times, and so forth, through finding the target in nth position JV/2n times. The
remaining times, which will be N/2", the target is not in the list. Note that these
fractions properly add to TV.
( N
( ^ - Χ Ί Γ · · · -τ-) -2^
= Ν
f 1
The last equality follows because Equation 1.2 gives
2 "
^ 2
r r r
2 ^— V 2 y
2 n "*" 2 I 1 - (1/2) )
I /
We are concerned with the number of comparisons in line 3, where the forloop compares list element A[i] with target X. In particular, we want to know the
average number of comparisons over a large number of procedure runs N. So we
add the comparisons generated in each run and divide the total by N. (We will
develop a more exact definition of average, as a probability concept, later in the
text. For now, let us be content with this intuitive meaning of average.) Because
N/2 runs find the target in the first position, they each do 1 comparison. N/4 runs
find the target in the second position, and they therefore do two comparisons. The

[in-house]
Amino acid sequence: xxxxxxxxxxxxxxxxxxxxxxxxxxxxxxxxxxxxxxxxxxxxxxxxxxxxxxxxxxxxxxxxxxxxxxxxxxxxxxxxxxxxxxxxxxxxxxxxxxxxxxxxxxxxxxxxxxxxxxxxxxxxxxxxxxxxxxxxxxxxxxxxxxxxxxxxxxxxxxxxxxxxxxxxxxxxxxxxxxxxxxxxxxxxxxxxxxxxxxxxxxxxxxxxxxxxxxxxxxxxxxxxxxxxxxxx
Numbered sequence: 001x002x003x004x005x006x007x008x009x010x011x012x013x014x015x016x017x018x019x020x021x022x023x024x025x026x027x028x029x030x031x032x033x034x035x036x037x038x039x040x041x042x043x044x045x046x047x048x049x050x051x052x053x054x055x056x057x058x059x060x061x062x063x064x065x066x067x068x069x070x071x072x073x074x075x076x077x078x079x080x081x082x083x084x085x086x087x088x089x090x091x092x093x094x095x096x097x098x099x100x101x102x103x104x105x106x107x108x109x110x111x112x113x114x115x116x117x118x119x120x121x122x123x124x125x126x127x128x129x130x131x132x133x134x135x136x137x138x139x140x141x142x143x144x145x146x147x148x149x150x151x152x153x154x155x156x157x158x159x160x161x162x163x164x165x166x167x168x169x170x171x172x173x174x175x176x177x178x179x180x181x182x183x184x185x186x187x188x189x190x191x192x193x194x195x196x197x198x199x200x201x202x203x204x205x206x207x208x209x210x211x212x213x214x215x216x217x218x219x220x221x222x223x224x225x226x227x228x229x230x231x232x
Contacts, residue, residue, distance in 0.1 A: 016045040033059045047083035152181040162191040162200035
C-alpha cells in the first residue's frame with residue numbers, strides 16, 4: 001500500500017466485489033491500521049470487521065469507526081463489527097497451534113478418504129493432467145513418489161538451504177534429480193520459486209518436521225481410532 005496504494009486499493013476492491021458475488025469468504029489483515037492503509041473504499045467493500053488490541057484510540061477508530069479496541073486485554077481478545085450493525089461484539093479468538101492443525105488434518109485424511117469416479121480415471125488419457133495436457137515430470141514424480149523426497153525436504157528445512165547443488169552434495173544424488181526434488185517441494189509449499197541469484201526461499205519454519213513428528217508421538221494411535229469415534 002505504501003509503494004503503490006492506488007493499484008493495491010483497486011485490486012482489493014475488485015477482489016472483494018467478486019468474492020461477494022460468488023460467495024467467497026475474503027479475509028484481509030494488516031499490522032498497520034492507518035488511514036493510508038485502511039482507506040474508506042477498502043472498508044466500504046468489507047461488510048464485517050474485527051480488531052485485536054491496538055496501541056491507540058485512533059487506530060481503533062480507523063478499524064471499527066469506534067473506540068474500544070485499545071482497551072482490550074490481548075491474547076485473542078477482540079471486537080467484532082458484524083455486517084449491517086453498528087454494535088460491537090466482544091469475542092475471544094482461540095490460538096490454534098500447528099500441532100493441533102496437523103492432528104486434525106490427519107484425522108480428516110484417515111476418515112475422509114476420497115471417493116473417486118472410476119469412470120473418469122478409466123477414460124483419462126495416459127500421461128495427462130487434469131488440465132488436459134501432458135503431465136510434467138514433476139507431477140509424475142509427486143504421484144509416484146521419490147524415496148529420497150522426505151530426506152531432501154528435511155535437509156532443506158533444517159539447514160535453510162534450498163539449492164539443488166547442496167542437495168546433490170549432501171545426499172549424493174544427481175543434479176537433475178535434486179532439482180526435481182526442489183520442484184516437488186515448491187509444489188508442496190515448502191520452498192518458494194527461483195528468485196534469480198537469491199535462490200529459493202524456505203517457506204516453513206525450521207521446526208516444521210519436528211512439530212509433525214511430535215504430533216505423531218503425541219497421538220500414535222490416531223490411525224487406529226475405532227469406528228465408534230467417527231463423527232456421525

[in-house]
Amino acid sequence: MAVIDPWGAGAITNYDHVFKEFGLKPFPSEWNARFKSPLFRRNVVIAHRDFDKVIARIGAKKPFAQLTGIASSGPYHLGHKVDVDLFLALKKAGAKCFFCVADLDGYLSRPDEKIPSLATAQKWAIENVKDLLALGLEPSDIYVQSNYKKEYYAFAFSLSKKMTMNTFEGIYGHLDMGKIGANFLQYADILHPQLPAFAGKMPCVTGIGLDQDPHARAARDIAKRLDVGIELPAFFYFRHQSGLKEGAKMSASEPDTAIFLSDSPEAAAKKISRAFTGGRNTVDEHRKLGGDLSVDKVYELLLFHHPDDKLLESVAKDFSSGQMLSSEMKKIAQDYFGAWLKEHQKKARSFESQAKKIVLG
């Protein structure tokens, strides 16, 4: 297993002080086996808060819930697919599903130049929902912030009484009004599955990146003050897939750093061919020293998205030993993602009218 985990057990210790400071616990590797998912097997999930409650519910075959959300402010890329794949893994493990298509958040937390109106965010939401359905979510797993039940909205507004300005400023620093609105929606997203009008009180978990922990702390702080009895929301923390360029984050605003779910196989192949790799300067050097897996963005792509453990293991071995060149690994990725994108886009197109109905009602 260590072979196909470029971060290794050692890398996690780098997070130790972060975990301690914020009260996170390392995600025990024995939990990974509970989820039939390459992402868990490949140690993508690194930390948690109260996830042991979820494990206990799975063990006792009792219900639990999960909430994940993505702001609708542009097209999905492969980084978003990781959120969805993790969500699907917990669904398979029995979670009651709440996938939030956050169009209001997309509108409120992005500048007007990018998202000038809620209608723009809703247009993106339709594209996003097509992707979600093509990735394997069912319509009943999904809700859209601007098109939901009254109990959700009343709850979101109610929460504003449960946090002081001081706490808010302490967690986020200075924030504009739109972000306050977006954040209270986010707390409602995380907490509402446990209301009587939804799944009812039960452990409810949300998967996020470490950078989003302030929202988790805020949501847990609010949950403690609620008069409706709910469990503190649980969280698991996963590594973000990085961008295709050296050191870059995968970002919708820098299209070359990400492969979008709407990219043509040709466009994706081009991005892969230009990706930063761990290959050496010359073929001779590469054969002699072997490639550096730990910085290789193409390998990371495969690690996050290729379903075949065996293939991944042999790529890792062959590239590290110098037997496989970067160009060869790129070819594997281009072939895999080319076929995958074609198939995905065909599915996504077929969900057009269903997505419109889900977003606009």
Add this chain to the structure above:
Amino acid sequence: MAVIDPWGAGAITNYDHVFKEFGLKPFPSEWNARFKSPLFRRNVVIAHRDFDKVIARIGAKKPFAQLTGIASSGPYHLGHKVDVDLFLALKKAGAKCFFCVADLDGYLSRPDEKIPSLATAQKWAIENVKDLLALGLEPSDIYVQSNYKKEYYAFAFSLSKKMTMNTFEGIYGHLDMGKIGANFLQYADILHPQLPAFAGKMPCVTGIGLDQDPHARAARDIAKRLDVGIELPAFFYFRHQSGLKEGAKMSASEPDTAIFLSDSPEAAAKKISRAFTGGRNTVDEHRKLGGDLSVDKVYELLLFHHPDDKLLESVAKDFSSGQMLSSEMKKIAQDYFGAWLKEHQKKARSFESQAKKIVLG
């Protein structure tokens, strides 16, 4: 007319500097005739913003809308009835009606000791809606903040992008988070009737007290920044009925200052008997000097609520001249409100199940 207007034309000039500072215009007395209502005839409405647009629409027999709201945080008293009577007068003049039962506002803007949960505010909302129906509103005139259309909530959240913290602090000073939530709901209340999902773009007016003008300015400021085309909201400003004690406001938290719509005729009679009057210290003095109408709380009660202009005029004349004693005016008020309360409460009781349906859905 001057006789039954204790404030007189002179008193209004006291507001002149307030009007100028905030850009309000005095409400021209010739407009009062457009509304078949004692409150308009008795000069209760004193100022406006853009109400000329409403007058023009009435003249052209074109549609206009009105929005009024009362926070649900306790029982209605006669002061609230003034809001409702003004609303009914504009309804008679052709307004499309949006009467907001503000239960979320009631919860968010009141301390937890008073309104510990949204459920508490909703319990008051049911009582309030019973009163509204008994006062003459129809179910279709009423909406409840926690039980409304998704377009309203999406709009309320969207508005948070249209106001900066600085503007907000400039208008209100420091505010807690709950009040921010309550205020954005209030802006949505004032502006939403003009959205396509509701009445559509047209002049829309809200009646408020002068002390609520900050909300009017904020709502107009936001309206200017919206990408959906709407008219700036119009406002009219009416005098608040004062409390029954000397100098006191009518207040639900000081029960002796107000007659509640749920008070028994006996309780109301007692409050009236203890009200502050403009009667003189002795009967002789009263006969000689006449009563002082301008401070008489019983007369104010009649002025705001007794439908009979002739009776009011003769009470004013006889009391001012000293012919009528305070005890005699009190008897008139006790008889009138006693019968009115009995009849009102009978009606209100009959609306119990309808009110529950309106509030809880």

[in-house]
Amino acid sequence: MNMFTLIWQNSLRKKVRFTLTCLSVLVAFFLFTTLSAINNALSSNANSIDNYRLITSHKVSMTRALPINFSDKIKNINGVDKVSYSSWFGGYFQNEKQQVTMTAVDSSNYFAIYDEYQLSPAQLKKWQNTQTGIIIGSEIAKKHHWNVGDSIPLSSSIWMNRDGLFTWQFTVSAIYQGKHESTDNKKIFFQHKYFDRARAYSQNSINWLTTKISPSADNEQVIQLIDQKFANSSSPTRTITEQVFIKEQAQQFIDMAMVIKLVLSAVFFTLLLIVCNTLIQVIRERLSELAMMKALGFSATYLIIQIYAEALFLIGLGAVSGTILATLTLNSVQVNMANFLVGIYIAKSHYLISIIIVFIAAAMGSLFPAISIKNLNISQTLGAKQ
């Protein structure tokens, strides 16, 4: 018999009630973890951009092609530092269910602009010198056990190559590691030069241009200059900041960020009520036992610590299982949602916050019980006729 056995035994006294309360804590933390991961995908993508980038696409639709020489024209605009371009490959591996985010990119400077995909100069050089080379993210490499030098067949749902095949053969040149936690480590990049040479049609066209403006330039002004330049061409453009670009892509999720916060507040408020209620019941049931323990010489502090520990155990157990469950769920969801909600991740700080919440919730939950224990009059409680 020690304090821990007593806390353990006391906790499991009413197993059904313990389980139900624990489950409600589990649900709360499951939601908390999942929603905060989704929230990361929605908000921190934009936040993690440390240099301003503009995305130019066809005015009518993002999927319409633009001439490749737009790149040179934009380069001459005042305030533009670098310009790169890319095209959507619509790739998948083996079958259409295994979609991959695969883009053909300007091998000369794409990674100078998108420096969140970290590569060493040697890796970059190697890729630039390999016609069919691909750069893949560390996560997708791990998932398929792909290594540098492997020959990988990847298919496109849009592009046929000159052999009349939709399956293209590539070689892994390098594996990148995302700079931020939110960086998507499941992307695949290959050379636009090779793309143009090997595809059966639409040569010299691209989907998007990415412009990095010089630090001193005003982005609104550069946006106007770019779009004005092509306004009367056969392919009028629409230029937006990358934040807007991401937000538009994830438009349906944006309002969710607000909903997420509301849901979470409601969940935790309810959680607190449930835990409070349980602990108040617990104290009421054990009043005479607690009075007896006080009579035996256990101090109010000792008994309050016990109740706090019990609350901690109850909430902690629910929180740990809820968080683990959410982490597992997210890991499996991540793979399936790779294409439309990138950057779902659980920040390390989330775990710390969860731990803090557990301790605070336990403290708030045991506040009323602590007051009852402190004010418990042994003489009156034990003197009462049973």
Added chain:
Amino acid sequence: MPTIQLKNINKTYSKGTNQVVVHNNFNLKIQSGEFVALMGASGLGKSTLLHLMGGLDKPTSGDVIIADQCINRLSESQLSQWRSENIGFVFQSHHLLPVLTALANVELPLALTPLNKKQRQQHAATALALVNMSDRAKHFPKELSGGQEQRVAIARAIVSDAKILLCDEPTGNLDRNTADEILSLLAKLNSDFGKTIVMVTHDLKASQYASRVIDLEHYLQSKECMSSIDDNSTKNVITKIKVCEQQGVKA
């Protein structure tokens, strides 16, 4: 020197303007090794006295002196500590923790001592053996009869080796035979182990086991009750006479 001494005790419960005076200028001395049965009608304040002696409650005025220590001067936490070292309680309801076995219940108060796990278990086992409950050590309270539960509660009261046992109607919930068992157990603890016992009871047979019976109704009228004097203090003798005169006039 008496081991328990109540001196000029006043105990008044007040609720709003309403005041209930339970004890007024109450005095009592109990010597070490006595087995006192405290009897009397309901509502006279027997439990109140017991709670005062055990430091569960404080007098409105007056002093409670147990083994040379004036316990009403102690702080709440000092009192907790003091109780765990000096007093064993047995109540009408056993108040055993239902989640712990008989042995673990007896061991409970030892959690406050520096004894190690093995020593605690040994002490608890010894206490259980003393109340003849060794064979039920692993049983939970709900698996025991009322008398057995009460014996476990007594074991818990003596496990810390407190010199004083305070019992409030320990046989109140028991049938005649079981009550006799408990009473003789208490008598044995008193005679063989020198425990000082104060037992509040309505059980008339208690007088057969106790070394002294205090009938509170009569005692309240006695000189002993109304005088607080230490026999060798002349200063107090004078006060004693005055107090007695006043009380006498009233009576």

N/2n runs that find the target in the last position must do n comparisons. The
ΛΓ/2" runs that do not find the target in the list also do n comparisons each. So
we can calculate our required average f(n) as follows, where the second line invokes
Equation 1.3 with r = 1/2.
1 f N
= ΊΓ ( Ί Γ ( 1 ) + T" (2) + ■ ■ ' + -£" (n) + "F- (n) J
" , γ - , Υ ΐ Υ - "
2 n " ' " 4 - \2J
* 2n
, ( 1 / 2 ) [ η ( 1 / 2 Γ + 1 - ( η + 1 ) ( 1 / 2 ) " + 1)
[1 - (1/2)]*
-7-'"[4-œ"-(4)'-(4·)" *·]-«(-»
As n becomes large, f(n) approaches 2, which reflects the bias in the application.
Recall that most of the time the target is among the early list elements, and it takes,
on the average, only about 2 probes to find it. D
Section 1.2: Summations
The technique used to derive Y^=0 ir' is worth remembering because it